Gotta love these people. The RIAA is sending out subpoenas to people alleging illegal file sharing based on IP address. The problem is, and anyone with a moderately advanced knowledge of computer networking can tell you, that IP addresses can (a) be forged and (b) are not normally constant. There is a fixed number of available IP addresses (you may have heard the stories that we're going to run out of IP addresses in the not distant future, but that's another story) and the address of your computer might change several times a day (via DHCP).

Music industry business model aside, this is a lousy way to sue people.

Here's a quote from the article:

"In two separate studies in August of 2007 and May of this year, the researchers set out to examine who was participating in BitTorrent file-sharing networks and what they were sharing. The researchers introduced software agents into these networks to monitor their traffic. Even though those software agents did not download any files, the researchers say they received over 400 take-down requests accusing them of participating in the downloads.

The researchers concluded that enforcement agencies are looking only at I.P. addresses of participants on these peer-to-peer networks, and not what files are actually downloaded or uploaded—a more resource-intensive process that would nevertheless yield more conclusive information.

In their report, the researchers also demonstrate a way to manipulate I.P. addresses so that another user appears responsible for the file-sharing.

An inanimate object could also get the blame. The researchers rigged the software agents to implicate three laserjet printers, which were then accused in takedown letters by the M.P.A.A. of downloading copies of “Iron Man” and the latest Indiana Jones film.

“Because current enforcement techniques are weak, it is possible that anyone, regardless of sharing content or using BitTorrent, could get a D.M.C.A. takedown notice claiming they were committing copyright infringement,” said Mr. Piatek."

I love it! "Uhh, the lab printer was downloading Metallica and we have to revoke its network privileges."
thewayne: (Default)
The RIAA wants to make terrestrial broadcasters "pay to play", the thing that's destroying internet radio. Currently terrestrial broadcasters pay royalties to SONG WRITERS, not to the band doing the playing. So the NAB is countering by asking Congress to investigate modern recording contracts!
thewayne: (Default)
The Canadian government comissioned a study of P2P users and found that they bought more music CDs than the rest of the population. I'm sure the RIAA will be happy to totally ignore it.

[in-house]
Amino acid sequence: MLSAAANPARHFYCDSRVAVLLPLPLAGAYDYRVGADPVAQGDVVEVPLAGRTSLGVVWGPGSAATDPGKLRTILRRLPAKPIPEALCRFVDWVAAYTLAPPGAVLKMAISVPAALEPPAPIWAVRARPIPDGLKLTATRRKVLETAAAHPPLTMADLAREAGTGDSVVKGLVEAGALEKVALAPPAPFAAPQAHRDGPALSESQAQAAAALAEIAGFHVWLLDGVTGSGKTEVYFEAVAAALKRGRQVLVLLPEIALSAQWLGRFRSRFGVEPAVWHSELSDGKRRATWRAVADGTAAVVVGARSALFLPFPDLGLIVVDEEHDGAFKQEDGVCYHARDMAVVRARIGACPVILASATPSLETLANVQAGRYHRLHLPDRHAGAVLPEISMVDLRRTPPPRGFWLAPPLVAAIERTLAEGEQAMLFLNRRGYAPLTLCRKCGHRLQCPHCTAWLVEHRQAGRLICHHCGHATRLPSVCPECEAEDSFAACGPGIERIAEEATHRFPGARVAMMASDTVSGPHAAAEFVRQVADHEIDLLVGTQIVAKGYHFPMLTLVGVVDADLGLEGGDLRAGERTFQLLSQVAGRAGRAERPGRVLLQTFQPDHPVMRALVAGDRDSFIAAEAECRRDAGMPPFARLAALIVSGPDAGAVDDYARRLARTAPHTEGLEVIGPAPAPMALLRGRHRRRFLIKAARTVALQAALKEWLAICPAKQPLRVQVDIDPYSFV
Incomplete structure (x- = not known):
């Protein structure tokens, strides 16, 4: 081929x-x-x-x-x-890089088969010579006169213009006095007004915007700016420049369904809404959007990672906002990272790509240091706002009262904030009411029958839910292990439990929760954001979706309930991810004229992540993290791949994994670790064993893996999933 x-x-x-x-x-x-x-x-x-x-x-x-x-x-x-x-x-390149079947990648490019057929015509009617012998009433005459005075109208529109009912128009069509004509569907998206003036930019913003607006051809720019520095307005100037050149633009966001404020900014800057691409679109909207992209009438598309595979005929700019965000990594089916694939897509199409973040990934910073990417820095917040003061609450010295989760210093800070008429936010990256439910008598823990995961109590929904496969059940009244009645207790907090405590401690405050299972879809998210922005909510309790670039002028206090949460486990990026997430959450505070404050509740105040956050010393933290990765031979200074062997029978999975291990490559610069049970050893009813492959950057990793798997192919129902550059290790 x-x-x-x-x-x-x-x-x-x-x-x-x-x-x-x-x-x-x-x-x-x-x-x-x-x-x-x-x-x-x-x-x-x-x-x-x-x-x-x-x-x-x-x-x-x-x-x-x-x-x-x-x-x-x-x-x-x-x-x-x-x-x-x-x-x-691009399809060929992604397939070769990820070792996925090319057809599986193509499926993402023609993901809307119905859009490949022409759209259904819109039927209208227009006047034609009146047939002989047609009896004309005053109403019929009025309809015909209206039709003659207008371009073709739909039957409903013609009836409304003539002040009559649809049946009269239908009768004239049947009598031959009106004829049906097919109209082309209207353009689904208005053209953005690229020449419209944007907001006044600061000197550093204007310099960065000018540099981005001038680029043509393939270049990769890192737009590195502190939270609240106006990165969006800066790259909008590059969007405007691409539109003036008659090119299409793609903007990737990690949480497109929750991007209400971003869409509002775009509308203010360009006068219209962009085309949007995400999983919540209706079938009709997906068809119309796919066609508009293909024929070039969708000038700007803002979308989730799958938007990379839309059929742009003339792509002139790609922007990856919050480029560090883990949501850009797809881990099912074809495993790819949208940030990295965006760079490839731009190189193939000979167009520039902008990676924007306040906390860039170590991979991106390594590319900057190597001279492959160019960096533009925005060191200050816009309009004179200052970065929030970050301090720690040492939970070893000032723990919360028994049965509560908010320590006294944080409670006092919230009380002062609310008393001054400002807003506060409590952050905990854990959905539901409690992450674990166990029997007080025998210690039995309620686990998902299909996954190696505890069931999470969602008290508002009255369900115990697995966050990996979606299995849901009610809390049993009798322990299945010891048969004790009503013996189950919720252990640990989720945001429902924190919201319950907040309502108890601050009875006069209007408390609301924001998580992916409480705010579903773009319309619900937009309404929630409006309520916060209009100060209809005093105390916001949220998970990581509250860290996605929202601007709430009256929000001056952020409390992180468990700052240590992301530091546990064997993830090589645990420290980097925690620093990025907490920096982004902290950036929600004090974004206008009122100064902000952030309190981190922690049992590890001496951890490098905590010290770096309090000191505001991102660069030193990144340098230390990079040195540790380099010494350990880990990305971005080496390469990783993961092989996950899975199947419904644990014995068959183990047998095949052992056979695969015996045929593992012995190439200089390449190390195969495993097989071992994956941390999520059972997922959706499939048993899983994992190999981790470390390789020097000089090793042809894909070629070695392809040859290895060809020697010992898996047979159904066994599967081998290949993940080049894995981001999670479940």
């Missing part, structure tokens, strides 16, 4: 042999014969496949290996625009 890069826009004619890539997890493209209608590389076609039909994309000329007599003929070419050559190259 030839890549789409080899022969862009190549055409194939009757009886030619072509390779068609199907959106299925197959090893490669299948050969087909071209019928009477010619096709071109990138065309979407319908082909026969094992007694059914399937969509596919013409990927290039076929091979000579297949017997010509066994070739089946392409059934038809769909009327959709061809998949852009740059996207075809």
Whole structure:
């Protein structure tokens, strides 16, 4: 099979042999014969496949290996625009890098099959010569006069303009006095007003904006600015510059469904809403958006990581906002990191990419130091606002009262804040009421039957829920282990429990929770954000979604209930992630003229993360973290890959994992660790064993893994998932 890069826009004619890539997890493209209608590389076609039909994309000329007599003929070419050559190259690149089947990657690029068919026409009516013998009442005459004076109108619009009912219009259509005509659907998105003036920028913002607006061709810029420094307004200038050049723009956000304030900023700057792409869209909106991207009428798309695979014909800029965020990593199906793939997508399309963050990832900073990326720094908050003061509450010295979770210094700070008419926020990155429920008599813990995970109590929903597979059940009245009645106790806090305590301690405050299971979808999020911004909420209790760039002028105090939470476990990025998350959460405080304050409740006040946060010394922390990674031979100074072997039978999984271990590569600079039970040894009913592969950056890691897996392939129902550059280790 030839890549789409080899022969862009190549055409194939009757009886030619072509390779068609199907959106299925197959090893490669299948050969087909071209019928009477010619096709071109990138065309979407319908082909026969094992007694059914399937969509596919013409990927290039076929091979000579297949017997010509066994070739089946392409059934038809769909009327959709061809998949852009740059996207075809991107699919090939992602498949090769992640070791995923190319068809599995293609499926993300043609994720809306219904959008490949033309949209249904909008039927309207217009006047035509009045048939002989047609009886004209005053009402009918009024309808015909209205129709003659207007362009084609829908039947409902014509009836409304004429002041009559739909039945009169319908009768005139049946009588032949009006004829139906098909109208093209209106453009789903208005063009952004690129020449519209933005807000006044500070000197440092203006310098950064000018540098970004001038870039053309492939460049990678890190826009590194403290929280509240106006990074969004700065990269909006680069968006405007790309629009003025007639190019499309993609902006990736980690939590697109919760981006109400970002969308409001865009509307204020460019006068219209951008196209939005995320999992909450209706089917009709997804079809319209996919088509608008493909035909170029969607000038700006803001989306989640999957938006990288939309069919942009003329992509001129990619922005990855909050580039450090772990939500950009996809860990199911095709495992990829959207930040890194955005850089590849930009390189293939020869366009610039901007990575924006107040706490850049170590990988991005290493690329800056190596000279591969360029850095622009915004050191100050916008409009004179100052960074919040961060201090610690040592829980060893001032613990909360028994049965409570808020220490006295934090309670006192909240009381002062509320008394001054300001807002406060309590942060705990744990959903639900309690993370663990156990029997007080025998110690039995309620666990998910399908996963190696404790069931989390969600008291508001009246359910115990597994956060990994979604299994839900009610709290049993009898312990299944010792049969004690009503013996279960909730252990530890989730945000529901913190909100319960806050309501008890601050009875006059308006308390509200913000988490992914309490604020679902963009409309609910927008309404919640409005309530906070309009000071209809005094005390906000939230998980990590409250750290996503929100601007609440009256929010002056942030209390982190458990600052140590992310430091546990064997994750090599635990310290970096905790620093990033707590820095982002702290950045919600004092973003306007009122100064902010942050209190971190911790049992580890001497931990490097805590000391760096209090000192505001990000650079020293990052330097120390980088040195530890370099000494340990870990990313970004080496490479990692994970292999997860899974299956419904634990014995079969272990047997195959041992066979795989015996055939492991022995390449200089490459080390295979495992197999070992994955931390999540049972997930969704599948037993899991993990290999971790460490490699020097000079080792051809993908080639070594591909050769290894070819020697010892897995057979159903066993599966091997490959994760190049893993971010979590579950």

And the University of Oregon has "...filed a motion to quash the RIAA's subpoena for information on student identities in what is believed to be the first such motion made by a university with support from the state Attorney General. The motion (pdf) explains that it is impossible to identify the alleged infringers from the information the RIAA has presented: 'Five of the seventeen John Does accessed the content in question from double occupancy dorm rooms at the University. With regard to these Does, the University is able to identify only the room where the content was accessed and whether or not the computer used was a Macintosh or a PC ... The University cannot determine whether the content in question accessed by one occupant as opposed to another, or whether it was accessed instead by a visitor.' The AG's motion further argues (pdf) that "Plaintiffs' subpoena is unduly burdensome and overbroad. It seeks information that the University does not readily possess. In order to attempt to comply with the subpoena, the University would be forced to undertake an investigation to create discovery for Plaintiffs — an obligation not imposed by Rule 45. As the University is unable to identify the alleged infringers with any accuracy, it cannot comply with its federal obligation to notify students potentially affected by the subpoena."
thewayne: (Default)
I wanna see the RIAA sue one of its members!

Apparently Robert Fripp & King Crimson had no agreement to allow digital sales of their library, and EMI did it anyway.

"After the licence (with EMI) expired," writes Fripp, "King Crimson tracks repeatedly appeared on various download websites licensed from EMI. If this had happened during the licence period, it would have been disturbing – even though shit happens and we should have gotten over it! - because EMI never had download rights from us."

This, mainly, is because when the licence period began, there was no such thing as downloads. Fripp says the EMI licence was subsequently not renewed because he and the band were not willing to approve download rights, "because the royalty terms offered sucked."


"It’s a little too rich to punish punters for illegal downloads of EMI copyright material when EMI are themselves guilty of copyright violation. The response, many months ago, of the EMI lawyer (the one who also said "shit happens! get over it") effectively told us "I’ve done my best! we’ve told them to take it down!"

"This isn’t quite good enough when making publicly available the copyright material of others. How bad do EMI management systems have to be that the company has no power of control over its licensing to download companies?"